Faculty of Engineering

Monash University

Undergraduate - Unit

This unit entry is for students who completed this unit in 2012 only. For students planning to study the unit, please refer to the unit indexes in the the current edition of the Handbook. If you have any queries contact the managing faculty for your course or area of study.

print version

6 points, SCA Band 2, 0.125 EFTSL

Refer to the specific census and withdrawal dates for the semester(s) in which this unit is offered, or view unit timetables.

FacultyFaculty of Engineering
OfferedClayton First semester 2012 (Day)
Sunway First semester 2012 (Day)
Coordinator(s)W K Chiu (Clayton); B T Tan (Sunway)


Students develop skills in analysing the response of a vibratory system to an external stimuli. Techniques for developing the equation of motion, defining the forcing function and analysing the vibratory response. Fundamental calculus for analysing mechanical vibrations and the generalised kinematics and kinetics of particles and rigid bodies using vector algebra. A systematic method of establishing a dynamic model with the associated forces and motion, a set of coordinate axis and the choice of derivation method for the governing equations for the model and solution techniques follows. Skills presenting results develop along with understanding the relevance of dynamics in engineering.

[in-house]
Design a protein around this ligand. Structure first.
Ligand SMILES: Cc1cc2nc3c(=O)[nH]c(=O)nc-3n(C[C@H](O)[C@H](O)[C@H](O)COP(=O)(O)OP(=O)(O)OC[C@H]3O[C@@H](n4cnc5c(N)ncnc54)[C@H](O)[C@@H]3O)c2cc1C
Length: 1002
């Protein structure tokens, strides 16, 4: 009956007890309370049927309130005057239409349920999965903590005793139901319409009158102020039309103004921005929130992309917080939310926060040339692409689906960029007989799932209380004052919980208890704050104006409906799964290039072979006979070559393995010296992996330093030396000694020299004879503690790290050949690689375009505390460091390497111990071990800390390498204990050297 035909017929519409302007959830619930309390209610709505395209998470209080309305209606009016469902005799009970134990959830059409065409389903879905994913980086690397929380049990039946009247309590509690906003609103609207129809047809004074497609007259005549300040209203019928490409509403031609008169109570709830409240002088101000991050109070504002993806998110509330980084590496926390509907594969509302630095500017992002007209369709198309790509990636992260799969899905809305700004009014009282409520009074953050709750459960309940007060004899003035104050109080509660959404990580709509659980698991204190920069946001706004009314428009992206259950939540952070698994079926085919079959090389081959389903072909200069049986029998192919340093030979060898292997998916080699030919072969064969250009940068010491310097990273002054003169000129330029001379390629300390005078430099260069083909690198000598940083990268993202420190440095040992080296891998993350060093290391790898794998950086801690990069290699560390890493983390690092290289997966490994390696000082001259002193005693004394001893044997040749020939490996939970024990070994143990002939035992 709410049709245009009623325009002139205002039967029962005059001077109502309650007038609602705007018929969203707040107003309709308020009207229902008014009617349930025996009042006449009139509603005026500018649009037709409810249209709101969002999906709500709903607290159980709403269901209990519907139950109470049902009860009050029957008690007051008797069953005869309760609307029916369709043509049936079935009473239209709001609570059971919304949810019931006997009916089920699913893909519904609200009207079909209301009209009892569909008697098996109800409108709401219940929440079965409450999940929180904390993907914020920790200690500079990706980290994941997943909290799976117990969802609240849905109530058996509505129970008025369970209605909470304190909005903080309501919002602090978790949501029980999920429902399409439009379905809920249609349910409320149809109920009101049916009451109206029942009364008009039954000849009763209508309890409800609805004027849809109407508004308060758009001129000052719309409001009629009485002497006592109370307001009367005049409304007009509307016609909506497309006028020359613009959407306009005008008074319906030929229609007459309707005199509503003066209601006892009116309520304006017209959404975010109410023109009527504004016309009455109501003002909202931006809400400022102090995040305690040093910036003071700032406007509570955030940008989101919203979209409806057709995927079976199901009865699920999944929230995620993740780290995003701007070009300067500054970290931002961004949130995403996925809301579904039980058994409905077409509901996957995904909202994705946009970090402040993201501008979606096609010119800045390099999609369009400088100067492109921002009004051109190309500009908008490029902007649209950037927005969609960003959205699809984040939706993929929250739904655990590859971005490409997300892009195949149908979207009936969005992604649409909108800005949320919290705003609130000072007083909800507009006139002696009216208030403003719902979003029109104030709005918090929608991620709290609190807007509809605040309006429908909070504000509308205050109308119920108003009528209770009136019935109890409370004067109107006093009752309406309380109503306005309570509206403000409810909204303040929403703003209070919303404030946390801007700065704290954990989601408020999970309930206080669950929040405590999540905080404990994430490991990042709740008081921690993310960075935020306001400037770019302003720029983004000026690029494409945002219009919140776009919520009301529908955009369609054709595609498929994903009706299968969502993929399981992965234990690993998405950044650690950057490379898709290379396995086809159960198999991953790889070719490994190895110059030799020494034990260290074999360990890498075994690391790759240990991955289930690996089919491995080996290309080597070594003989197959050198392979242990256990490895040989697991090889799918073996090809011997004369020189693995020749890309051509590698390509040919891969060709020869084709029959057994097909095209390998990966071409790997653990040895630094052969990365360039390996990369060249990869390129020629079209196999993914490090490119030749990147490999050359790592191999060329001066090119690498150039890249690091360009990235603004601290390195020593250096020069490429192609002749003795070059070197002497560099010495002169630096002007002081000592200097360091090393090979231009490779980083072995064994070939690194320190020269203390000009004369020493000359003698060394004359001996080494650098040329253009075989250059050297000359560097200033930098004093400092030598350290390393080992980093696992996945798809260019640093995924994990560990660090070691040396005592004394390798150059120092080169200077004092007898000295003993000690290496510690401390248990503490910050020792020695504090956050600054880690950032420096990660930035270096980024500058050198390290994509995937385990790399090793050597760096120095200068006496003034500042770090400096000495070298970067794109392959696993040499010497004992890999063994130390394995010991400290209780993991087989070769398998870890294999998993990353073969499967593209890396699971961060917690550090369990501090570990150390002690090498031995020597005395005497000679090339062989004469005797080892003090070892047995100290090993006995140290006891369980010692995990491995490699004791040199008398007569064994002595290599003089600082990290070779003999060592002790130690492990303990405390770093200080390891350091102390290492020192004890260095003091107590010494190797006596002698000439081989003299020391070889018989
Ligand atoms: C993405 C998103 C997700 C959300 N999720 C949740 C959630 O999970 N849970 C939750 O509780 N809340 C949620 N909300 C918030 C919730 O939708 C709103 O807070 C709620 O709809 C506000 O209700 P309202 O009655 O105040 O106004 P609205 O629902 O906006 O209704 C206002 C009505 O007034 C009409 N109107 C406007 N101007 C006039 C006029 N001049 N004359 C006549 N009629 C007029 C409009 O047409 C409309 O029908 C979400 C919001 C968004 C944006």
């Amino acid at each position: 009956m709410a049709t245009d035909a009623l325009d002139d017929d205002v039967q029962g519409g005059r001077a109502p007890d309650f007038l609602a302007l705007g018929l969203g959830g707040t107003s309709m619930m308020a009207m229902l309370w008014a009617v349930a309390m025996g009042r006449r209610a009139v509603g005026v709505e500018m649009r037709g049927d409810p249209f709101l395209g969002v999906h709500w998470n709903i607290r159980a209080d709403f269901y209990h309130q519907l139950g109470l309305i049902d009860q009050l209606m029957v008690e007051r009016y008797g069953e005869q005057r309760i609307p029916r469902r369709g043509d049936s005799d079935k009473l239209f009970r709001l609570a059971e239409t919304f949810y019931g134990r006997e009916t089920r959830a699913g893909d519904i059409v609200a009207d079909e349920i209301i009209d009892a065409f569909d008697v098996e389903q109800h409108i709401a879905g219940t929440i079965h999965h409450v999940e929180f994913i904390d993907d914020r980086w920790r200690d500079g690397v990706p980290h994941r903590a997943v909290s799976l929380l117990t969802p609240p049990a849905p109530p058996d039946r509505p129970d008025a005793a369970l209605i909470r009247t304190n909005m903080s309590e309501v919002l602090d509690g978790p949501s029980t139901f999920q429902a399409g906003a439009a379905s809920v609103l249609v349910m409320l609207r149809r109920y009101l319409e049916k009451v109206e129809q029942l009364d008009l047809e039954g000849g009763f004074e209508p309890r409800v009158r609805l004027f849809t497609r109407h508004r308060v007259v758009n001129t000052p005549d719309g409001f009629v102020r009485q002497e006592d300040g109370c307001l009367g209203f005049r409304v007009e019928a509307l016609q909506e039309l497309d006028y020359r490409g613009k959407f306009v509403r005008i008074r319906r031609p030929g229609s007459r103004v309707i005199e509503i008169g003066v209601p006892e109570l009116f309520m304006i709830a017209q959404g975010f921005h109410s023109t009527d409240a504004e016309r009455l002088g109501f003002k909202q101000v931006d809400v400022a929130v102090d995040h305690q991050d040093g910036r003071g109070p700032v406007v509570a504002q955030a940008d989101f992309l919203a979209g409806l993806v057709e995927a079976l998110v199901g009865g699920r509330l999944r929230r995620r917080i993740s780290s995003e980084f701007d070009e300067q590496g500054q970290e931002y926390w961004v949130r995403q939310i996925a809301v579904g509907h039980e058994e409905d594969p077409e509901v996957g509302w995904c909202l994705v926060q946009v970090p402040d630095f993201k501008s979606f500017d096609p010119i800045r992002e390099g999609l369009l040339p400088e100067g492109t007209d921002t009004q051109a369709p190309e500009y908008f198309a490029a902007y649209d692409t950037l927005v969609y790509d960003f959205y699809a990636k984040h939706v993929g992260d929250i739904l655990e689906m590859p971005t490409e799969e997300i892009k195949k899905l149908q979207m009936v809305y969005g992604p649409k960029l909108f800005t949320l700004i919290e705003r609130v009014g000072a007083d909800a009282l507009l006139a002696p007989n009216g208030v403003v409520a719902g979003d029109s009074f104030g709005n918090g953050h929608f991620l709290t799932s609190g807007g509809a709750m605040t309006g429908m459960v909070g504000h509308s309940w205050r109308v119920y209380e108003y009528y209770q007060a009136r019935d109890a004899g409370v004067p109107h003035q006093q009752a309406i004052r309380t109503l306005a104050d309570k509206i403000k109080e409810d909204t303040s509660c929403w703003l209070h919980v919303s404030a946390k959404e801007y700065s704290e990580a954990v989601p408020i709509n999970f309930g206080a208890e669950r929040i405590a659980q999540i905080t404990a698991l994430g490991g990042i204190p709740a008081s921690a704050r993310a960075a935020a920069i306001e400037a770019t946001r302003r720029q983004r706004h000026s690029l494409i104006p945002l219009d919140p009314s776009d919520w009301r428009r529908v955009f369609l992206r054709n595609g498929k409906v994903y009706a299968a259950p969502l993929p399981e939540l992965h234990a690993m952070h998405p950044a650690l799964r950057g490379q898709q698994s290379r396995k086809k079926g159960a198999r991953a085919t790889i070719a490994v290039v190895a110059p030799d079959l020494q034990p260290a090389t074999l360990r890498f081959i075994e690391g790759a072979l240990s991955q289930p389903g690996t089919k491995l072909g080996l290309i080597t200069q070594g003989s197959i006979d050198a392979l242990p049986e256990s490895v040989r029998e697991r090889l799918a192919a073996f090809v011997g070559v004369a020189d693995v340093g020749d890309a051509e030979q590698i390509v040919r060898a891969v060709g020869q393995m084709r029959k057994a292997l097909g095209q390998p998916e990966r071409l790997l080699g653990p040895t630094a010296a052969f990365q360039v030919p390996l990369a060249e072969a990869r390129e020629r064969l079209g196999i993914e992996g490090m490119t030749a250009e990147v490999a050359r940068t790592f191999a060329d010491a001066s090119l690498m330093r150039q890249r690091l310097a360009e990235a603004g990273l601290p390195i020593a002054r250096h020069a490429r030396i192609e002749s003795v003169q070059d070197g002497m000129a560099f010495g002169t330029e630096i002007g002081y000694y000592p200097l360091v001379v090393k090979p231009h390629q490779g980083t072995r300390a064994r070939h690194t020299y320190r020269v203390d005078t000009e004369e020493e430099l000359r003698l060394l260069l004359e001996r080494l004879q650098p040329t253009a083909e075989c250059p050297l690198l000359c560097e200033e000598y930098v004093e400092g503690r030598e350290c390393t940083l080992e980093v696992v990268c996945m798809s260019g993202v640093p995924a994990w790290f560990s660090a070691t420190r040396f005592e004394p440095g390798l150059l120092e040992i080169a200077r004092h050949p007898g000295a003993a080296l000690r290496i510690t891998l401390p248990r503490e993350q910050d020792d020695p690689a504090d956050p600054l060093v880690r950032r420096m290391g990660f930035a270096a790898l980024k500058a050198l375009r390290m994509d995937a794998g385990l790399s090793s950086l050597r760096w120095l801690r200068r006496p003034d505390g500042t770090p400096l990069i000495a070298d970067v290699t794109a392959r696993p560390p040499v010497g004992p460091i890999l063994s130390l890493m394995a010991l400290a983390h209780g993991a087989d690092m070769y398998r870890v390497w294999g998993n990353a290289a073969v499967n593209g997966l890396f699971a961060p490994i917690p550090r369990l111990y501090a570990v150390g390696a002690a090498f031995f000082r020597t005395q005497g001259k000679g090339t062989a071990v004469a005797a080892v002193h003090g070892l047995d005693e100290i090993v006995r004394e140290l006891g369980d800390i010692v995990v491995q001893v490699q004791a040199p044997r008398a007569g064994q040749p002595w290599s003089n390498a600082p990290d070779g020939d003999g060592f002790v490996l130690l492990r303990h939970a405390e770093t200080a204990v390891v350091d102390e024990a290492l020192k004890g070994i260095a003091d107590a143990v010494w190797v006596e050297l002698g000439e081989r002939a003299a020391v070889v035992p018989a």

Use of kinematics and kinetics in engineering problem solving
Use of vector algebra in solving 3D engineering dynamics
The concepts of degrees of freedom and its use in defining a model and the solutions to the model
An appreciation for the role of vibrations in machines and structures in engineering
Of the various solution methods for single and multi-degree of freedom representation of dynamic systems
How vibration fits into engineering design
How vibrations can affect the safe operation of machinery
Perform basic engineering calculations in a systematic and logical manner in dynamics and mechanical vibrations
Apply the concepts of dynamics in the analysis of vibration problems
Make observations and measurements for the analysis of vibration problems.
Use of computer methods to solve modelling problems.


Project Work 10%
Tutorial work:15%
Examination (3 hours): 75%

Chief examiner(s)

Professor Chris Davies

Contact hours

3 hour lectures, 3 hours practice sessions or laboratories per week and 6 hours of private study per week


ENG2091 and MEC2401 or MTH2021 or MTH2032